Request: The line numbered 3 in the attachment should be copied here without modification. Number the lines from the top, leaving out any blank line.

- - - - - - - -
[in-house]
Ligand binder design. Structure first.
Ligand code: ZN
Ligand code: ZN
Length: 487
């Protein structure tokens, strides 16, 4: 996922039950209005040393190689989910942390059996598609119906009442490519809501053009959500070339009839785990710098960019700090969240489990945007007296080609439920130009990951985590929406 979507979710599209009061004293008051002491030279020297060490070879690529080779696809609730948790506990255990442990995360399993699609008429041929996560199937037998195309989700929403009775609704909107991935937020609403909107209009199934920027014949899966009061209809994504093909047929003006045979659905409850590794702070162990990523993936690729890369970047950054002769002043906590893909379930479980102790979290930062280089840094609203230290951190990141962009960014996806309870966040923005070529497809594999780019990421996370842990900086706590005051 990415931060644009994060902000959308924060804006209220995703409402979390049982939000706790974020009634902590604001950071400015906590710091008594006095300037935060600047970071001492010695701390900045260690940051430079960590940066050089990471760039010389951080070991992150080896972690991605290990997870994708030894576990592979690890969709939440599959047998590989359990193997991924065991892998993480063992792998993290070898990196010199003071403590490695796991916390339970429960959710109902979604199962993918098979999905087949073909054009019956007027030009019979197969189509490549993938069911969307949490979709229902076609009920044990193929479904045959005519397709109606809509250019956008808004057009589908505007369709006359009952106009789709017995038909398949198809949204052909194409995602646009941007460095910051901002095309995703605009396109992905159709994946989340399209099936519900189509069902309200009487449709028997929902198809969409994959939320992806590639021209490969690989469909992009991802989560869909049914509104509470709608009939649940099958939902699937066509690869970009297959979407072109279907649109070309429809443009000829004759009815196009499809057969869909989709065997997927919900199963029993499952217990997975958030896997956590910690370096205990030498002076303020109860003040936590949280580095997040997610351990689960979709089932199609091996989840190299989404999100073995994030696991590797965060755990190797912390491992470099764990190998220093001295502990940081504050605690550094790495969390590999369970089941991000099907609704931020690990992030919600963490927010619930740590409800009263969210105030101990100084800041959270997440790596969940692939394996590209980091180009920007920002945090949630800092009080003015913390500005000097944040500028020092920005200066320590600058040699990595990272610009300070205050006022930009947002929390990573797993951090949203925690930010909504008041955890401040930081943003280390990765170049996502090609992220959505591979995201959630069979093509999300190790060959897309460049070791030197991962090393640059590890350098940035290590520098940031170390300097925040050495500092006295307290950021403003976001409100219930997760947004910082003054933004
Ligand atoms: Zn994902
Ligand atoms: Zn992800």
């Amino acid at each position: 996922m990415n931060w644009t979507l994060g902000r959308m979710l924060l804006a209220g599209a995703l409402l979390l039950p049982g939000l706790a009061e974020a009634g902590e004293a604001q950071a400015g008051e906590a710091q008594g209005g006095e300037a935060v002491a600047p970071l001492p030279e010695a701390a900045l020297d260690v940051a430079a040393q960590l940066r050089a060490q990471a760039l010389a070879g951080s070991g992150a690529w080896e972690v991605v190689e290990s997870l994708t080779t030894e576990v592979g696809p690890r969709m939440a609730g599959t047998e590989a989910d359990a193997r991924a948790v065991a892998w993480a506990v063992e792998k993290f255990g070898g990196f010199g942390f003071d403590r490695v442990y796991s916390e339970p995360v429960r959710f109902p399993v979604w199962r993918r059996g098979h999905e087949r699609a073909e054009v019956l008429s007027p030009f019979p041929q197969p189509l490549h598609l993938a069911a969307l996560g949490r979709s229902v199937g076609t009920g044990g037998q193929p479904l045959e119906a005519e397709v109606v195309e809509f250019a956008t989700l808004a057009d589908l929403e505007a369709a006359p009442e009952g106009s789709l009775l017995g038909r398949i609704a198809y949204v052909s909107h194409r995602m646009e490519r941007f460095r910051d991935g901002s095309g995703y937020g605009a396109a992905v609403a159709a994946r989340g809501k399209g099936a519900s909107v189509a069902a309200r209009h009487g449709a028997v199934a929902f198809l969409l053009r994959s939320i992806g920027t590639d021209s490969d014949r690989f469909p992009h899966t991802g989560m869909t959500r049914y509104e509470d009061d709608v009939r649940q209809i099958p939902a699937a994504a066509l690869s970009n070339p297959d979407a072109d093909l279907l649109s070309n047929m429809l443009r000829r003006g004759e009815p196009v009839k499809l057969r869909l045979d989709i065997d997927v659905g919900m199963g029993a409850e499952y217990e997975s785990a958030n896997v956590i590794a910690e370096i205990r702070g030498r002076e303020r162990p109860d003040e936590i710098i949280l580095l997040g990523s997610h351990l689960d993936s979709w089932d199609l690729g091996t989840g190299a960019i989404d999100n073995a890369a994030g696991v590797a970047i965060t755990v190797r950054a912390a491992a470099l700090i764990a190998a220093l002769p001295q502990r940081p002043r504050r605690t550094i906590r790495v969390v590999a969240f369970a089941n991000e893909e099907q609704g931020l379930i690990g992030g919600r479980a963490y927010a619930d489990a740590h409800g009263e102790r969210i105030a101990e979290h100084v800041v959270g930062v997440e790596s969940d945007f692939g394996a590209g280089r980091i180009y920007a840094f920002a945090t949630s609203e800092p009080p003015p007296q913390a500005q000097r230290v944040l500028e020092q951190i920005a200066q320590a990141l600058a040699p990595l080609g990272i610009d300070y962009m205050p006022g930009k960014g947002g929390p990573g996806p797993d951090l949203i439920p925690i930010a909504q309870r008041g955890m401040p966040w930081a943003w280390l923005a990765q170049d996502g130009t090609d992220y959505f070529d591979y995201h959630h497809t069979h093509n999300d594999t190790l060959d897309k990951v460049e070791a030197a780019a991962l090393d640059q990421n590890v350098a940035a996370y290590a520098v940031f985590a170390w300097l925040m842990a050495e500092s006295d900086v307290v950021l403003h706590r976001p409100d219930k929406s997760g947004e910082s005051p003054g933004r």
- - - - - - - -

Ligand code: ZN